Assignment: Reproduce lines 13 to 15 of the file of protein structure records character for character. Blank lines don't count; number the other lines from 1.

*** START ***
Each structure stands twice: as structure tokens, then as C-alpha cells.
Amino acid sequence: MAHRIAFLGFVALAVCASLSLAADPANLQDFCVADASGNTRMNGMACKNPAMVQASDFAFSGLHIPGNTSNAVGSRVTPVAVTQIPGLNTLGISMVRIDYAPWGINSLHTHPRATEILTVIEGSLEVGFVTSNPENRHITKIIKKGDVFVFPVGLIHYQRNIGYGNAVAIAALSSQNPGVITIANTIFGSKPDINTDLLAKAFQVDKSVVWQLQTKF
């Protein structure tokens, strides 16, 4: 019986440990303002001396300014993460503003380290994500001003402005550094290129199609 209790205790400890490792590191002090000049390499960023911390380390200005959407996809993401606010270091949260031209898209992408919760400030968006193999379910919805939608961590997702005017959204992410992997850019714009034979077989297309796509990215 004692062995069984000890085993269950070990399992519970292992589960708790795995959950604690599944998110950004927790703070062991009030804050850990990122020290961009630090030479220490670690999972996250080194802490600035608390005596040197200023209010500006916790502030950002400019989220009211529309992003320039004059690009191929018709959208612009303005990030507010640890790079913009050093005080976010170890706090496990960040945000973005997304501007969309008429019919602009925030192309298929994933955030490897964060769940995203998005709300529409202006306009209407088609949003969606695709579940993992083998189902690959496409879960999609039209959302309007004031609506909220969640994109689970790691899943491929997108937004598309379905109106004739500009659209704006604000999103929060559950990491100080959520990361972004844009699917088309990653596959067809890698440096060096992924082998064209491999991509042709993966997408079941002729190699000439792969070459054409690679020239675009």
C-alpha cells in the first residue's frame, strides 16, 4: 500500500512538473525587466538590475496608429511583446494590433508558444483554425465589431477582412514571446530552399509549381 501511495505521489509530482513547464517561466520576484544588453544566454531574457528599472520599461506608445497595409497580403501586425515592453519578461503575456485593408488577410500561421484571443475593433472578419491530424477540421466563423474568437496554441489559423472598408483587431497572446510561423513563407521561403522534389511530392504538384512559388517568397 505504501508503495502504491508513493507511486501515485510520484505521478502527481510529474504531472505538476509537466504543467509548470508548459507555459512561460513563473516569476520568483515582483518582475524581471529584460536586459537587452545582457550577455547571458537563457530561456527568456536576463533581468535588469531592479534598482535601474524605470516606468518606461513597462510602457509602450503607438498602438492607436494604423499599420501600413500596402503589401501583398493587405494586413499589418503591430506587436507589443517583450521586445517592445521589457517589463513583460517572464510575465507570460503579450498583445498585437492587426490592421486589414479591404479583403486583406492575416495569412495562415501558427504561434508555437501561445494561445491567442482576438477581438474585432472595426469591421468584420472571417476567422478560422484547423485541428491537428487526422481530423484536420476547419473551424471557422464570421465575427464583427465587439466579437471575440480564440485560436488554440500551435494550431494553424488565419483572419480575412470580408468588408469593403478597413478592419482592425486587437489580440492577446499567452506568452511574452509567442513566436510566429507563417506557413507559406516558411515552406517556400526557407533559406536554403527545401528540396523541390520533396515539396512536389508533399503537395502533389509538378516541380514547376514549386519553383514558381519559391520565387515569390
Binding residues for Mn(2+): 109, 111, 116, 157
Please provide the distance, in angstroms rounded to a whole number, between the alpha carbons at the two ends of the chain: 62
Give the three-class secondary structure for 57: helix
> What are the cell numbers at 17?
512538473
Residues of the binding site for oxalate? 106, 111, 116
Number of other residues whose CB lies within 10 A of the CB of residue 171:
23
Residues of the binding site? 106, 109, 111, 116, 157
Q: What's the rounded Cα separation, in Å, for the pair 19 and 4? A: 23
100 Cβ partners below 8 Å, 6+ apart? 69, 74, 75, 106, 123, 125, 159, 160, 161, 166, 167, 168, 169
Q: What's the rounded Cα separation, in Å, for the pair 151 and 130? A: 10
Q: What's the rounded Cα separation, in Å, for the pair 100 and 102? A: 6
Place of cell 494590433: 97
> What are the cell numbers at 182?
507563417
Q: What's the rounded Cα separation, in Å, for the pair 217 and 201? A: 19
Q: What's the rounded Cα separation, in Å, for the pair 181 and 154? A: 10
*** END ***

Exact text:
Residues of the binding site? 106, 109, 111, 116, 157
Q: What's the rounded Cα separation, in Å, for the pair 19 and 4? A: 23
100 Cβ partners below 8 Å, 6+ apart? 69, 74, 75, 106, 123, 125, 159, 160, 161, 166, 167, 168, 169